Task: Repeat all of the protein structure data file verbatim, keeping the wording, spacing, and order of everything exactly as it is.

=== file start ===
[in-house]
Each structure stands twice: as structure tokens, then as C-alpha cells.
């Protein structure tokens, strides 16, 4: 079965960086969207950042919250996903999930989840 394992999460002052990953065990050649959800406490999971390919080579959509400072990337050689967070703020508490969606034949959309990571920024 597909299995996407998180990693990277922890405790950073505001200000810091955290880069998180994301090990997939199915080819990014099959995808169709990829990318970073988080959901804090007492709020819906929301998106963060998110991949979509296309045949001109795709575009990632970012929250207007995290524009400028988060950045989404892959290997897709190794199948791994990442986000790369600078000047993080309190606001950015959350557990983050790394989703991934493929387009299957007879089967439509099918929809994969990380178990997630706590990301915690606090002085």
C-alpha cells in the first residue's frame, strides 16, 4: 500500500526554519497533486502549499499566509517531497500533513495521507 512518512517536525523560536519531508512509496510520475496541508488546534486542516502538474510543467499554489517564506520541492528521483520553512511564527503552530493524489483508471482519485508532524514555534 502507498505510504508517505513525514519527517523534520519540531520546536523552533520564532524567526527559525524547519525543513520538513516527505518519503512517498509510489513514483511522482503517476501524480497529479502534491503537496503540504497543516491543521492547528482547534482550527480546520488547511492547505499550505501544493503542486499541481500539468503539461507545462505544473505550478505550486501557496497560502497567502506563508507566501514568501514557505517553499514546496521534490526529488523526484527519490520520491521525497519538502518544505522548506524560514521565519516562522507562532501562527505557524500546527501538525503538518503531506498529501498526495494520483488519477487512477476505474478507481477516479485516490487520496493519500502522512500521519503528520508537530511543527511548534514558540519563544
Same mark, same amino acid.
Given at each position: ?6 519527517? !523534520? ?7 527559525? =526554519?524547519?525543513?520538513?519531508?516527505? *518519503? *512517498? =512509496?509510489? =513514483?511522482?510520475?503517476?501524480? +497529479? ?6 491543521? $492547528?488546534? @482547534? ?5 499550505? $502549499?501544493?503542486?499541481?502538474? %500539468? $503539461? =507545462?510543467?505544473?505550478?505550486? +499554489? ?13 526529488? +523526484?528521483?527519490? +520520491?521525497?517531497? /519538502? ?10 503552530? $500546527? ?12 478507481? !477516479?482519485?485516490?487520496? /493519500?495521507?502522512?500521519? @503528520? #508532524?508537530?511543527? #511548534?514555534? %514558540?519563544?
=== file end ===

[in-house]
Each structure stands twice: as structure tokens, then as C-alpha cells.
């Protein structure tokens, strides 16, 4: 079965960086969207950042919250996903999930989840 394992999460002052990953065990050649959800406490999971390919080579959509400072990337050689967070703020508490969606034949959309990571920024 597909299995996407998180990693990277922890405790950073505001200000810091955290880069998180994301090990997939199915080819990014099959995808169709990829990318970073988080959901804090007492709020819906929301998106963060998110991949979509296309045949001109795709575009990632970012929250207007995290524009400028988060950045989404892959290997897709190794199948791994990442986000790369600078000047993080309190606001950015959350557990983050790394989703991934493929387009299957007879089967439509099918929809994969990380178990997630706590990301915690606090002085």
C-alpha cells in the first residue's frame, strides 16, 4: 500500500526554519497533486502549499499566509517531497500533513495521507 512518512517536525523560536519531508512509496510520475496541508488546534486542516502538474510543467499554489517564506520541492528521483520553512511564527503552530493524489483508471482519485508532524514555534 502507498505510504508517505513525514519527517523534520519540531520546536523552533520564532524567526527559525524547519525543513520538513516527505518519503512517498509510489513514483511522482503517476501524480497529479502534491503537496503540504497543516491543521492547528482547534482550527480546520488547511492547505499550505501544493503542486499541481500539468503539461507545462505544473505550478505550486501557496497560502497567502506563508507566501514568501514557505517553499514546496521534490526529488523526484527519490520520491521525497519538502518544505522548506524560514521565519516562522507562532501562527505557524500546527501538525503538518503531506498529501498526495494520483488519477487512477476505474478507481477516479485516490487520496493519500502522512500521519503528520508537530511543527511548534514558540519563544
Same mark, same amino acid.
Given at each position: ?6 519527517? !523534520? ?7 527559525? =526554519?524547519?525543513?520538513?519531508?516527505? *518519503? *512517498? =512509496?509510489? =513514483?511522482?510520475?503517476?501524480? +497529479? ?6 491543521? $492547528?488546534? @482547534? ?5 499550505? $502549499?501544493?503542486?499541481?502538474? %500539468? $503539461? =507545462?510543467?505544473?505550478?505550486? +499554489? ?13 526529488? +523526484?528521483?527519490? +520520491?521525497?517531497? /519538502? ?10 503552530? $500546527? ?12 478507481? !477516479?482519485?485516490?487520496? /493519500?495521507?502522512?500521519? @503528520? #508532524?508537530?511543527? #511548534?514555534? %514558540?519563544?